Horses are individual, each having differential characteristics such as height, colour, breeding, conformation, and temperament. These bio-characteristics often influence potential purchasers when buying horses. This study sought to investigate if producers and potential purchasers placed similar emphasis on equine bio-characteristics. Sport-horse stakeholders - n=1377 (792 producers and 585 potential purchasers) - rated various equine bio-characteristics on a Likert psychometric response scale during a questionnaire-based survey. The study analysed responses, using the Wilcoxan test for statistical significance. The findings indicated consensus between producers and potential purchasers for equine soundness, conformation, and movement. Producers attached significantly greater importance to gender, colour, pedigree details, and performance records of the horse and the horse's siblings. In contrast, potential purchasers rated equine temperament and presence (aesthetic appeal) as significantly more important attributes. Shortcomings in suitability for purpose of the horse (such as temperament) could lead to unnecessary wastage and welfare concerns. Producers need to understand consumer expectations/demands to maximize profitability and to avoid wastage and the production of unsuitable horses.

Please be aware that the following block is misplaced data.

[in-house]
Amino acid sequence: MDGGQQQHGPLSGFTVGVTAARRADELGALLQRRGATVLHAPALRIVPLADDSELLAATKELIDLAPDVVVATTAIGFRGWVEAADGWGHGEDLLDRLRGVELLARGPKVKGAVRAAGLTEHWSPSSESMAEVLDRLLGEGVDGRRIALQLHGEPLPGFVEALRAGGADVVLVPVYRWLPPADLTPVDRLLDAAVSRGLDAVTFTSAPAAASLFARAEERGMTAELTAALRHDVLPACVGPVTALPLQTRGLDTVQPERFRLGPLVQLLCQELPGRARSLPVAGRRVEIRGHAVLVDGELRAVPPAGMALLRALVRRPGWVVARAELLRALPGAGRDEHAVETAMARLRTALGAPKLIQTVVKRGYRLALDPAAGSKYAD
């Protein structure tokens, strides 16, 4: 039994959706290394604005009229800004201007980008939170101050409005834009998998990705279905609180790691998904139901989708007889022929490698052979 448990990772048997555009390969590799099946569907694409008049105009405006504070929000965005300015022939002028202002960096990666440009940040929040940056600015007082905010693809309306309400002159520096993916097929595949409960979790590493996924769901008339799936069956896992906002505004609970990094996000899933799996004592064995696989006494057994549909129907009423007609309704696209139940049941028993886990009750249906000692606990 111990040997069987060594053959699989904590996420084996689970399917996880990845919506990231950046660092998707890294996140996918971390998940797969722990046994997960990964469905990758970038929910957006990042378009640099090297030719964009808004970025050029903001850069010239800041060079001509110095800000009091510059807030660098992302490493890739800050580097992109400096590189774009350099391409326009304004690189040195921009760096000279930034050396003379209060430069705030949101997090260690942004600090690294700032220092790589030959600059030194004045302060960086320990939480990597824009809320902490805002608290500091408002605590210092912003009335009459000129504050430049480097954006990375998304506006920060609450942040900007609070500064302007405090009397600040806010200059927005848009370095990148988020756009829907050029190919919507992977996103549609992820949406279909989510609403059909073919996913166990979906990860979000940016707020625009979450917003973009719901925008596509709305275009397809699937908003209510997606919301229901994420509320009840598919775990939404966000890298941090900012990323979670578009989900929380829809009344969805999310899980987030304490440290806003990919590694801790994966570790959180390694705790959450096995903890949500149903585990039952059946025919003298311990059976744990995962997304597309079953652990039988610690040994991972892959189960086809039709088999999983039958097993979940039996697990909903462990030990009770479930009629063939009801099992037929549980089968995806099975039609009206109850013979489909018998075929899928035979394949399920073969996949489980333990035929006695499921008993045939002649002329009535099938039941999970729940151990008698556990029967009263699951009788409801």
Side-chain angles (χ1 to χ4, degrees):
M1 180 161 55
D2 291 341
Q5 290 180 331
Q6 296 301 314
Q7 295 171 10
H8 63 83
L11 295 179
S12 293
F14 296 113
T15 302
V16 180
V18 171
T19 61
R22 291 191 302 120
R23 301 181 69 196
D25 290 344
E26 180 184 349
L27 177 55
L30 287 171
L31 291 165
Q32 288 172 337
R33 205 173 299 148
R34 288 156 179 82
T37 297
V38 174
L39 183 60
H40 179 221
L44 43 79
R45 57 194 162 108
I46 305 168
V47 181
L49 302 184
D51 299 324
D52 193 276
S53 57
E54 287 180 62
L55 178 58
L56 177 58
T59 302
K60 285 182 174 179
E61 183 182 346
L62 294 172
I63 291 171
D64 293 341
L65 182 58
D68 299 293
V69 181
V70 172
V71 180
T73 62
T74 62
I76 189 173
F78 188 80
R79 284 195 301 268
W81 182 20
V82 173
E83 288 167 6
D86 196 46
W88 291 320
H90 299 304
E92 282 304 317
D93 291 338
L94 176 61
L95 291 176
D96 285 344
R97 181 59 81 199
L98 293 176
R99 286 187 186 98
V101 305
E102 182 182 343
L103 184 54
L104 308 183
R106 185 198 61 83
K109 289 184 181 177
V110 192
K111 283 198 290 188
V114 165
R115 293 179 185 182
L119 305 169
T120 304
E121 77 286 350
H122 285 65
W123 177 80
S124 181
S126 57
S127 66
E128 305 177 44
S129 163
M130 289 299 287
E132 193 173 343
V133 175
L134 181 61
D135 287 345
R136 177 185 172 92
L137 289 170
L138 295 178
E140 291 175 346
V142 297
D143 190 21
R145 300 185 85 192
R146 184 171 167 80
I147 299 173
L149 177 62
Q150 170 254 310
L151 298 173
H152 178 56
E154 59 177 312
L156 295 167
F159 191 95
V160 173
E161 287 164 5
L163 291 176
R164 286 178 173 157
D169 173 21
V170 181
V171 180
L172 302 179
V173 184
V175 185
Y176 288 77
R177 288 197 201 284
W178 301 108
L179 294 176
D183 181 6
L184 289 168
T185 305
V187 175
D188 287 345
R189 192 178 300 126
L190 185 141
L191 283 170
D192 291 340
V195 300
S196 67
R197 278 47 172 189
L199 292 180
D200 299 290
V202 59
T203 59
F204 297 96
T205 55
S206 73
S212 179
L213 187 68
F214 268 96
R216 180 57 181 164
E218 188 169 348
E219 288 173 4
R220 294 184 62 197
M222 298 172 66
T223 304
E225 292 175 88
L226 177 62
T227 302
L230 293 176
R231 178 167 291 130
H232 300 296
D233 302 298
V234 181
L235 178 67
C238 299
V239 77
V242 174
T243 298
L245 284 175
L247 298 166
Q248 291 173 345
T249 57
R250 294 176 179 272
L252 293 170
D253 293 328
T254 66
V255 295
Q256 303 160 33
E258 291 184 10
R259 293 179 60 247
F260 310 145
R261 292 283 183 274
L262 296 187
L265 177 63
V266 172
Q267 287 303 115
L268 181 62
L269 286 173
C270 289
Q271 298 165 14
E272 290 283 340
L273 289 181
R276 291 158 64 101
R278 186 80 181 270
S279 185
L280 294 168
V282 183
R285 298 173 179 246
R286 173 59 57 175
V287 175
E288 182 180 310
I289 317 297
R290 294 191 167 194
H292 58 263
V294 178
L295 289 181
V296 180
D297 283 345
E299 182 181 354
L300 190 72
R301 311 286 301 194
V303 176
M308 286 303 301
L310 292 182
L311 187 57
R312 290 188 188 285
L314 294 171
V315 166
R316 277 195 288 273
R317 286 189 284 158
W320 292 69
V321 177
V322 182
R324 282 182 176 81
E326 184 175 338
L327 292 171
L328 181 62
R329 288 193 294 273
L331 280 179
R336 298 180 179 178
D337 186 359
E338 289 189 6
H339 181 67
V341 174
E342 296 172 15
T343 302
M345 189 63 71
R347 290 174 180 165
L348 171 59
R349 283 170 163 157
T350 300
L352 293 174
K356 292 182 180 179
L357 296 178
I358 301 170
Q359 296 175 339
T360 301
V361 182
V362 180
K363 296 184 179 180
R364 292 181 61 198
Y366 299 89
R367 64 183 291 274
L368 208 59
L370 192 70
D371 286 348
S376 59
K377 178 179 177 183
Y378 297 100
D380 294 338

|Publication Title||Journal of Applied Animal Welfare Science|
|Publisher||Taylor & Francis|
|Author Address||Centre for Sports Studies, University College Dublin, Belfield Dublin 4, Irish Republic.Jack.Murphy@ucd.ie|
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